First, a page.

By Theodore Shoebat
A suicide bomb erupted in Nigeria, killing nine people, including a pastor. As we read in one report:
A pastor was among those killed when two female suicide bombers believed to be associated with the terrorist group Boko Haram blew themselves in a Nigerian city.
According to persecution watchdog World Watch Monitor, a female suicide bomber blew herself up outside the Bakassi IDP camp, housing an estimated 16,000 people last week, killing five men. Within 30 minutes, another bomber detonated explosives near a fuel depot. Military spokesman Col. Mustapha Anka said the bomber was driving the taxi and following a fuel tanker “with the sole aim of gaining entry to cause maximum damage and casualty.”
A total of nine people were killed, including the pastor, who belonged to the Church of Christ in Nigeria (COCIN), and twenty-four injured.
“While we commiserate with the families of the late victims of this cruel act and wish those injured speedy recovery, we would like to assure the public that efforts are ongoing to track those behind the dastardly acts,” an army spokesman said.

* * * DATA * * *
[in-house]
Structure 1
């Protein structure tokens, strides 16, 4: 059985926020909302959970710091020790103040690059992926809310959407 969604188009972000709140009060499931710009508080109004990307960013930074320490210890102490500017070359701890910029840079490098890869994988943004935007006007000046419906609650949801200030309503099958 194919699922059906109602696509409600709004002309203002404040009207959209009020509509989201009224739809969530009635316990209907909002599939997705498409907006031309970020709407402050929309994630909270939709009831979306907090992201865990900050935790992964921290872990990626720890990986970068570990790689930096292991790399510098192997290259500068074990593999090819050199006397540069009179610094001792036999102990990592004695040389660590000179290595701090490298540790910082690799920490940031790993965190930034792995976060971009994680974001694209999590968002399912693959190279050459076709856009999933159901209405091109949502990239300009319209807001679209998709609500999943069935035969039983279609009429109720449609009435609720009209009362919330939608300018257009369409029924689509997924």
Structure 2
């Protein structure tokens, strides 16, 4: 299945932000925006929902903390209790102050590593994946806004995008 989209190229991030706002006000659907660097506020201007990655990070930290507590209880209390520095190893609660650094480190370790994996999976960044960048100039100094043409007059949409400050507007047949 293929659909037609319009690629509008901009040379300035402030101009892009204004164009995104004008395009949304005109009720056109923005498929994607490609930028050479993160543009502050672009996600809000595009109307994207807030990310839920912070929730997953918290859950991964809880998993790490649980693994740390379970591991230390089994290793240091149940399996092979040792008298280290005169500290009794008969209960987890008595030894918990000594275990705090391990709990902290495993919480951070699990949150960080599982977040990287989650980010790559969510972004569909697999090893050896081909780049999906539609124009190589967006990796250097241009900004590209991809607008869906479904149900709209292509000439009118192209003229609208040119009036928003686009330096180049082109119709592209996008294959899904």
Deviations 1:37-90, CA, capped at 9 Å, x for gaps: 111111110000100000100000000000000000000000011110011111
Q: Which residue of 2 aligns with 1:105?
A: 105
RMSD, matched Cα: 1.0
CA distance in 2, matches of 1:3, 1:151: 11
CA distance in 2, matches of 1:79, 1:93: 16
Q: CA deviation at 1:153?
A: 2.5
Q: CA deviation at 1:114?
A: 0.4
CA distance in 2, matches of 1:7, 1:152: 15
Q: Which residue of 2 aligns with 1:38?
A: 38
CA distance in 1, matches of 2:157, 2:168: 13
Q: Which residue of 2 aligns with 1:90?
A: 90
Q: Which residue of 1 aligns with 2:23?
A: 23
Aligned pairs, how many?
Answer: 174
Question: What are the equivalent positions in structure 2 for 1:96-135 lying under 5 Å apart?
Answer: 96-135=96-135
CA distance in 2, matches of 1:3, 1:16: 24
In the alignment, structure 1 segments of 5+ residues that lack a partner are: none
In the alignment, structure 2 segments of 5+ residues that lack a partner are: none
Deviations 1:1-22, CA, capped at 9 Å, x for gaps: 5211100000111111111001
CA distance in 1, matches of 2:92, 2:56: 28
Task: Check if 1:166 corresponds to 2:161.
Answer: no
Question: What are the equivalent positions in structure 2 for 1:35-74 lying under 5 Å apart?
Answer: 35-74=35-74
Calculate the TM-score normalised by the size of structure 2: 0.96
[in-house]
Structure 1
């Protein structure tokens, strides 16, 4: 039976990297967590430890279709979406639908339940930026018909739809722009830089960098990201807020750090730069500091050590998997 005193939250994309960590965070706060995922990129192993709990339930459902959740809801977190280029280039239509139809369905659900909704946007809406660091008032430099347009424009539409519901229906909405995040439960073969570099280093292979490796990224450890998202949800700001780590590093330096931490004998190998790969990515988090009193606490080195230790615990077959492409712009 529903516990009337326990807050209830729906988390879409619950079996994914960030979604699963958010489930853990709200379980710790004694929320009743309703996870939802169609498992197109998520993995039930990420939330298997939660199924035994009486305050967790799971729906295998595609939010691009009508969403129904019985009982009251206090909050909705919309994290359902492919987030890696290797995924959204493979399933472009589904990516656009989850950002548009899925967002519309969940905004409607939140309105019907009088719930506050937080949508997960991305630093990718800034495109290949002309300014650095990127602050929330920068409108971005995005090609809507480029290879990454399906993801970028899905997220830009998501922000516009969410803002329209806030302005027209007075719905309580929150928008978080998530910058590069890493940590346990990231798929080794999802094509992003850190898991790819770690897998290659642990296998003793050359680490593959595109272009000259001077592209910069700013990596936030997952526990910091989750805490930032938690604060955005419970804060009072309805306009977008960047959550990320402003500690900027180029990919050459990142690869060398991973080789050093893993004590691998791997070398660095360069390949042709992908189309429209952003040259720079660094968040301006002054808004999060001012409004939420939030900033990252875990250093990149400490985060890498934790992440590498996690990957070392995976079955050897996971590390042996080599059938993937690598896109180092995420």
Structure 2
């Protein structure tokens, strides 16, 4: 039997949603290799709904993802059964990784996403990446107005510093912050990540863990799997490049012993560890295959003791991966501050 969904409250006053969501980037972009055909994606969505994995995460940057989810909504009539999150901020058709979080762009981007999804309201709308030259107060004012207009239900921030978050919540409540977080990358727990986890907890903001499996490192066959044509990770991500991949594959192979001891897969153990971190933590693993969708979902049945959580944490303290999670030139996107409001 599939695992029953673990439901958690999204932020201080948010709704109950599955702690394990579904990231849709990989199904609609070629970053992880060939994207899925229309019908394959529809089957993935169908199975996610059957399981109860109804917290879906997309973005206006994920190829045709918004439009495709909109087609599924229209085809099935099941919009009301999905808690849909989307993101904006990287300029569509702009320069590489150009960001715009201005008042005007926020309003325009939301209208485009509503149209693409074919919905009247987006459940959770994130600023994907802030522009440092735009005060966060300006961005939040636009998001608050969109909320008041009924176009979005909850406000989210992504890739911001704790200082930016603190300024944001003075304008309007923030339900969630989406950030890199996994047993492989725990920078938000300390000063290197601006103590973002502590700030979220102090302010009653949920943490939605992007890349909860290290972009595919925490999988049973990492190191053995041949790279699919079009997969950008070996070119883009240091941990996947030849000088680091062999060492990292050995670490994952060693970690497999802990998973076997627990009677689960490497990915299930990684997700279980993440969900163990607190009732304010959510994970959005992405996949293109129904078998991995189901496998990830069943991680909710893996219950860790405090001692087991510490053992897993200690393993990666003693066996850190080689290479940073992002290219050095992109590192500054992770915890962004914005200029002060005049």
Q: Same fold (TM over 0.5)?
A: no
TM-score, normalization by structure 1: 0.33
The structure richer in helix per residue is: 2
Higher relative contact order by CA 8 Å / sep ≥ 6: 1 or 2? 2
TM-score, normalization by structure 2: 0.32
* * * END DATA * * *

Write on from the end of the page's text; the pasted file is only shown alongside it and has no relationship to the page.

“However, it is equally important to reiterate the need for more vigilance and security consciousness among all.”
Established in 2002, Boko Haram initially focused on opposing Western-style education. However, under the leadership of Abu Musab al-Barnawi, the terrorist group became more radical, carried out more killings and swore allegiance to ISIS in March 2015. The terror group also aims to impose a stricter enforcement of Sharia law across Africa’s most populous nation, which has a Christian-majority south and a Muslim-majority north. Today, Boko Haram refers to itself as IS’ “West African province”.
Over the past seven years, the group has killed more than 20,000 people and drove more than 2.5 million from their homes, and still stages suicide bombings in northeast Nigeria and neighboring Cameroon, Niger and Chad.
In August, al-Barnawi, who was previously spokesman for the Nigerian-based Islamists and took over as head of the group in 2009, said Boko Haram “remained a force to be reckoned with” and said it had been drawing new recruits – all of whom had vowed to to fight “Christianization of society.”
Instead of targeting fellow Muslims at mosques and marketplaces, Boko Haram will focus on attacking Christian humanitarian groups that”exploit the condition of those who are displaced under the raging war, providing them with food and shelter and then Christianizing their children.”